Unlike most people, I'm nearly incapable of misunderstanding him (see word salads that flummox the world getting tossed for yourself) if only because he talks like the neighborhood one side of my family comes from (apparently the poor linguistics jumped the dividing highway more easily than the high incomes ever will - its kinda Sad! what's happened to the other side of Jamaica, Queens) so I figured I might be doing everyone a favor by tuning in, just in case I needed to go and get what he'd said again for other people's sakes.

MM the Trump interpreter, yeah. I get word salad, yo.

So, because mostly I get it, and rarely, if ever, fail to (as awful or completely bs as what I'm "getting" might be/generally is), I wanted to hear what he had to say with my own ears, no interpreting it for me the next morning thankyouverymuch. But no need to worry about word salad: he mostly delivered a canned speech from which he never once deviated nor went off-script. Which tells us a few things:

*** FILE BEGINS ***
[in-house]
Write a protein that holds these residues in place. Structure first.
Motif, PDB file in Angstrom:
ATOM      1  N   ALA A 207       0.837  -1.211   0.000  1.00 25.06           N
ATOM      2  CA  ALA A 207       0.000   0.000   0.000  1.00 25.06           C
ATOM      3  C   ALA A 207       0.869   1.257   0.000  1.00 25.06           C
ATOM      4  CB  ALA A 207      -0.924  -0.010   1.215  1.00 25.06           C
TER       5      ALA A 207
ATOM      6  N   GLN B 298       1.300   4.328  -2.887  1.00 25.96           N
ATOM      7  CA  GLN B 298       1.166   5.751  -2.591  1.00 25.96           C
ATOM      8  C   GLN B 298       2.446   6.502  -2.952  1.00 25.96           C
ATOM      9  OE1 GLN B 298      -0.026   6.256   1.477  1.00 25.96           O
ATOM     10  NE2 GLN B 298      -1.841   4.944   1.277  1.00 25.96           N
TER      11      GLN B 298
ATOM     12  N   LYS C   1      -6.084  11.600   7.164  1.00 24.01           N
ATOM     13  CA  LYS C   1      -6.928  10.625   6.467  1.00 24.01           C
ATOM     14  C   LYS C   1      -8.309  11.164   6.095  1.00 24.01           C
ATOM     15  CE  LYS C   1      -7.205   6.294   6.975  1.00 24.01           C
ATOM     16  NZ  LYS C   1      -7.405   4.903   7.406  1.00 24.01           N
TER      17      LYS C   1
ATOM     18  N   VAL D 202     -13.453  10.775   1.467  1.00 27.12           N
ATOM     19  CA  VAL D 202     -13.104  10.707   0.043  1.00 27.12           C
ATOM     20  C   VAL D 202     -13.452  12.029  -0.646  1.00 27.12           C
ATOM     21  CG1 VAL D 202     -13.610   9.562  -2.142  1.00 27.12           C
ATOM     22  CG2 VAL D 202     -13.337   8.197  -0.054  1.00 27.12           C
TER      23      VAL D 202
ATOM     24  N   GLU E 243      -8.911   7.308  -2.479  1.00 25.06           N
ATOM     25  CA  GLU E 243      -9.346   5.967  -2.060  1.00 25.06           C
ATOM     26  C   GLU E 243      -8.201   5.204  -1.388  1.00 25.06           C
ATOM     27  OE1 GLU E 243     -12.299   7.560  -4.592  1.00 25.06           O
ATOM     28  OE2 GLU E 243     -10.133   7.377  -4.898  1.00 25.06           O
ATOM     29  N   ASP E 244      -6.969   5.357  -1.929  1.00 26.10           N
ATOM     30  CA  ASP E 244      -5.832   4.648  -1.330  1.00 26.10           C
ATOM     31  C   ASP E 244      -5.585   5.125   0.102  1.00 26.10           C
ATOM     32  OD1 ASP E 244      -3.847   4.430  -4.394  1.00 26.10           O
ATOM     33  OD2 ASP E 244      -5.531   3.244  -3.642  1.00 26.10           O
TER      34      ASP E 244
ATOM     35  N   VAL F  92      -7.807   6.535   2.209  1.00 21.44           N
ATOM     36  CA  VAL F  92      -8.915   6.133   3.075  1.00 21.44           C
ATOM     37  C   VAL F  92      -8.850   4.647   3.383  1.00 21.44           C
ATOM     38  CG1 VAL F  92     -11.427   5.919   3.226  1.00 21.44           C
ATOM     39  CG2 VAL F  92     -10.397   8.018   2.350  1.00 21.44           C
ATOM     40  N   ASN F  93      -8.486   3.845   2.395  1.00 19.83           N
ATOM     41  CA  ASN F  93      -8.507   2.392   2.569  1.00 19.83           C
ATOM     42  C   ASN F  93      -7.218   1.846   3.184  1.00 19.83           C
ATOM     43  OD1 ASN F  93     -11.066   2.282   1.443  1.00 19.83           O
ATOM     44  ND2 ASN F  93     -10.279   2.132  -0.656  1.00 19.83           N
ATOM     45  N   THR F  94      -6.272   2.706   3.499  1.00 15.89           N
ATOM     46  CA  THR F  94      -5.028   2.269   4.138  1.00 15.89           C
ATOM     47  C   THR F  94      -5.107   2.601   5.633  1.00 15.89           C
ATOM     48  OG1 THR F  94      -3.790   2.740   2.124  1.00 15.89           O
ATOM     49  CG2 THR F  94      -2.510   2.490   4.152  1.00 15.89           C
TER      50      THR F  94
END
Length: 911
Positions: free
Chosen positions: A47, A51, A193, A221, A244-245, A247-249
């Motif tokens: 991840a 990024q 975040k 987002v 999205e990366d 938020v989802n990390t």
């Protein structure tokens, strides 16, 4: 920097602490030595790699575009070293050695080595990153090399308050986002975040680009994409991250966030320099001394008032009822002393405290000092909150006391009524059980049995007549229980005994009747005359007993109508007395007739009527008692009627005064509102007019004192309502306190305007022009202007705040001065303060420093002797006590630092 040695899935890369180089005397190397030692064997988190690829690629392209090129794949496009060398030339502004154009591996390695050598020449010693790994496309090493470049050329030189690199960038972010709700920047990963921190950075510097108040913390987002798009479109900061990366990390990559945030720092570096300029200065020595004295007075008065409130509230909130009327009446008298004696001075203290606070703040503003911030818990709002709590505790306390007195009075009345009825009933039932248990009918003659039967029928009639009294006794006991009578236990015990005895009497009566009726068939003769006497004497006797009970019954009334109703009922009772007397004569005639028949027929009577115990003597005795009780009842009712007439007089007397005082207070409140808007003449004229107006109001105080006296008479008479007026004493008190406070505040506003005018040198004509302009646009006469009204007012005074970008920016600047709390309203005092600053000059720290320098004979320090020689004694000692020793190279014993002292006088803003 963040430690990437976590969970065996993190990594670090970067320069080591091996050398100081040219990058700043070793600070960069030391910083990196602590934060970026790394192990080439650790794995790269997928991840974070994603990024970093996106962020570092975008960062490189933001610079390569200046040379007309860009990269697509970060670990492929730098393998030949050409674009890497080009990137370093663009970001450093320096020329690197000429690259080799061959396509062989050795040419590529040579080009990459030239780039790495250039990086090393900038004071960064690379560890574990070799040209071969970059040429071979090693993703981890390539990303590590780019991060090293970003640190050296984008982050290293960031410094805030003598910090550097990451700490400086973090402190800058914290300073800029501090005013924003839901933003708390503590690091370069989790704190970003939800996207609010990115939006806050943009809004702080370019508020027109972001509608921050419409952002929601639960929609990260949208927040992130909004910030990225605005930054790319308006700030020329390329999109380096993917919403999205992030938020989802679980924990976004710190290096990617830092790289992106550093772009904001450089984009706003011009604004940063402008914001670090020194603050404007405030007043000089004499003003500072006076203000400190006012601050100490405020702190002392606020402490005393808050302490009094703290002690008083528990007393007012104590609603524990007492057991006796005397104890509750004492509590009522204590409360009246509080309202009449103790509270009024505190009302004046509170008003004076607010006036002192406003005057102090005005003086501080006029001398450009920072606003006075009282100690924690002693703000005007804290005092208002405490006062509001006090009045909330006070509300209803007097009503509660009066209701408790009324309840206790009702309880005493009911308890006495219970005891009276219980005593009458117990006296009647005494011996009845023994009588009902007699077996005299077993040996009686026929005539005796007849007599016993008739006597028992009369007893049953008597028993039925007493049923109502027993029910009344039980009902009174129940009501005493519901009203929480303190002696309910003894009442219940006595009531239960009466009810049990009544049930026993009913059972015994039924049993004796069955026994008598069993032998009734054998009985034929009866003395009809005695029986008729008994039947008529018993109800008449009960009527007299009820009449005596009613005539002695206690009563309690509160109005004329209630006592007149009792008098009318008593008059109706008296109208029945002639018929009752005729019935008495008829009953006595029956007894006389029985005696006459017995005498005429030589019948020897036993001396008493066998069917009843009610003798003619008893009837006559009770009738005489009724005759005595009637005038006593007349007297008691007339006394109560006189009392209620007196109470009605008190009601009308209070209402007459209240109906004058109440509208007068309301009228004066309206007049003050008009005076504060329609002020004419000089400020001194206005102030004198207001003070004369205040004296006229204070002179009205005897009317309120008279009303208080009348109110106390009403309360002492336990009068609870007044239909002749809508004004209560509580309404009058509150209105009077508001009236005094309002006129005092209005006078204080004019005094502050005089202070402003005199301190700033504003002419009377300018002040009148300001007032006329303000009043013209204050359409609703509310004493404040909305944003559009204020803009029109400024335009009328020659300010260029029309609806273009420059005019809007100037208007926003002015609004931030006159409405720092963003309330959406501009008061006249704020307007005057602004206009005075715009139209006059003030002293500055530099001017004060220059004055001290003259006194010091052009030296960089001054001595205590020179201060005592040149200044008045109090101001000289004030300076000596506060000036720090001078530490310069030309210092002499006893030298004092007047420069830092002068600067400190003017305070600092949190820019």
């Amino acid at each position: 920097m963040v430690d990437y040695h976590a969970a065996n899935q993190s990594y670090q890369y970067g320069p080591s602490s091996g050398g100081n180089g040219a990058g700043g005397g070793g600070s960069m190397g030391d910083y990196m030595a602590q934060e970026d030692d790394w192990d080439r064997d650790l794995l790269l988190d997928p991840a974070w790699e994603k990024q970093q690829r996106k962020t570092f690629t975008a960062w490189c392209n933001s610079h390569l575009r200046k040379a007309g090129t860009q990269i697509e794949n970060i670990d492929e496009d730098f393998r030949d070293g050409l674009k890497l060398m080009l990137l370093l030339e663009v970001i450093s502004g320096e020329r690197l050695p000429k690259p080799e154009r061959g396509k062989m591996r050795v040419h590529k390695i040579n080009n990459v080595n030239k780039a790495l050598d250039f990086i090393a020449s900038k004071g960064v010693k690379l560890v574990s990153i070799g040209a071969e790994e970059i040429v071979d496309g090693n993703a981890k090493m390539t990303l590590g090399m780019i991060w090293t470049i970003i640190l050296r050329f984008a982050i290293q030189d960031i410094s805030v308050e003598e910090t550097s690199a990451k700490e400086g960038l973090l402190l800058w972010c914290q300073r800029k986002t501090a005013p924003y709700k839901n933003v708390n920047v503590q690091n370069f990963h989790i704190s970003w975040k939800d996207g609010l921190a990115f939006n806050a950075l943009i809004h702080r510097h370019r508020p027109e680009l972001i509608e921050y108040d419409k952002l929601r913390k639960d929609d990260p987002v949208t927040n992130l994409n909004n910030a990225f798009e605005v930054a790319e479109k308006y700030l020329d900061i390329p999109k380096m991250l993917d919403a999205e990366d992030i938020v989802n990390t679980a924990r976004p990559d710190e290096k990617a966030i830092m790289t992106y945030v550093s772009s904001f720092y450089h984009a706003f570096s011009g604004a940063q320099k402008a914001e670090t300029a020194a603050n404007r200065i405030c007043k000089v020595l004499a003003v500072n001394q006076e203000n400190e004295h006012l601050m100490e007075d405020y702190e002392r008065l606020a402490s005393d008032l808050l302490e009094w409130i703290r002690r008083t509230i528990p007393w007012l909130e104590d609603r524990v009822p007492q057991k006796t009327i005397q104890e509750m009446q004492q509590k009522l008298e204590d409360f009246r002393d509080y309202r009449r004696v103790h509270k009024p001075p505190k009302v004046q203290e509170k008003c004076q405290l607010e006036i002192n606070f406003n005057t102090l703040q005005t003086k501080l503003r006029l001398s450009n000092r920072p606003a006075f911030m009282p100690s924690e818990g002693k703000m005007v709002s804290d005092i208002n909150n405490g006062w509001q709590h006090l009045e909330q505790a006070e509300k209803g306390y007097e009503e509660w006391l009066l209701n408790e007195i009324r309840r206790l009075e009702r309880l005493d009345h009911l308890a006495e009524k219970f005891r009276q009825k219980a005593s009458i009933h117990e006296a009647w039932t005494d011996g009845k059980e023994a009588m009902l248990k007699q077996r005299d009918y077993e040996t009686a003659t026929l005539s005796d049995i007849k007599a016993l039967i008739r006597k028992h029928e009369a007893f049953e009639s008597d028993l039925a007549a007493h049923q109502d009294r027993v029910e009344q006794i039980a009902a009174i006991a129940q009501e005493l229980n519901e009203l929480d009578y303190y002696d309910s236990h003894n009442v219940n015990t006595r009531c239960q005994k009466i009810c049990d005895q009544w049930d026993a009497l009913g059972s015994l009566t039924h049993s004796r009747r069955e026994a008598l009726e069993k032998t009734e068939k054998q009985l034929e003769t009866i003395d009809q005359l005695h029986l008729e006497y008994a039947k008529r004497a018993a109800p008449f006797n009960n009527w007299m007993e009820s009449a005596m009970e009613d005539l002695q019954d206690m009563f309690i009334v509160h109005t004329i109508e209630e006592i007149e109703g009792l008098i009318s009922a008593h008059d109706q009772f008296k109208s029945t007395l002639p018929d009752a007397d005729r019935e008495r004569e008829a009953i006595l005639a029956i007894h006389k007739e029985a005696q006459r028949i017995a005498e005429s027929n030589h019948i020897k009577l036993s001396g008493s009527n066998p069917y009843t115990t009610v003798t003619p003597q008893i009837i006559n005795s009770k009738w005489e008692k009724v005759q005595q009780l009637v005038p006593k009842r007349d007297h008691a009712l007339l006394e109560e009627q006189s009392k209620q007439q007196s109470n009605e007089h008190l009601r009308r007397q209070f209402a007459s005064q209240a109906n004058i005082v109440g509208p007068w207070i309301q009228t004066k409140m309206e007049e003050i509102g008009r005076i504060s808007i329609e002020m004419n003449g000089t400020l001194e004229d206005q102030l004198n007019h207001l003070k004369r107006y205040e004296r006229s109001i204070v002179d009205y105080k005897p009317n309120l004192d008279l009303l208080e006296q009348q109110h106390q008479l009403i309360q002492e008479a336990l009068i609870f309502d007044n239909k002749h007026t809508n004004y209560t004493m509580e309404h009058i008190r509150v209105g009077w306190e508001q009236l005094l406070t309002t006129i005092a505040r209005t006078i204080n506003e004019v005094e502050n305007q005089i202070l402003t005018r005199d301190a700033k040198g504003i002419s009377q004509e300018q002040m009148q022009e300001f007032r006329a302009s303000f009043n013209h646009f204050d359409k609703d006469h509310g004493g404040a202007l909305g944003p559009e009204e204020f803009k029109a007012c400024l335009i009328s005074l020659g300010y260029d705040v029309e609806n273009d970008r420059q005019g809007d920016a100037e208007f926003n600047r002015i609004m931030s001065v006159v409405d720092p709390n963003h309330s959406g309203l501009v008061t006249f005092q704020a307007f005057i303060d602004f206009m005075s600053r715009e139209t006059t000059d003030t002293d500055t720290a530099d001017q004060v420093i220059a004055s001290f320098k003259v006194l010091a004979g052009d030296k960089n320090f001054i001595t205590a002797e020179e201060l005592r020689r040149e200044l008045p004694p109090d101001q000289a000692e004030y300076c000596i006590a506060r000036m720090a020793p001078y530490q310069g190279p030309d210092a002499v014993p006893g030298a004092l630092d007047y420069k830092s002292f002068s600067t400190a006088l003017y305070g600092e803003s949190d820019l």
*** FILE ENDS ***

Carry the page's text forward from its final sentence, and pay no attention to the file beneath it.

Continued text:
He can follow - and perform beautifully from - a script (at least, as long as S. Bannon or S. Miller aren't writing it for him. Their speeches would fall flat no matter who delivers them, because no one - except maybe a small subset of his darkest, most extraordinarily cracked followers - wants to hear all that Grim Reaper bullshit, anyhow). Yay!

I mean his performance was lush, it was gorgeous, it would make the showiest Declaration of Independence signer blush with recognition and cry over just how damn good his delivery was. It made some of Bill Clinton's most fiery speeches look like boring little fireside chats. The head Cheeto set a high bar for himself re how to perform, then blew past it and left everyone's expectations in the dust. It was, oh God... *winces as mocking tic comes on* THE GREATEST THE BEST EVER

By contrast, nothing he's said or done in the days before or since his speech has matched a single word he said throughout it. There's only a few ways to go from here: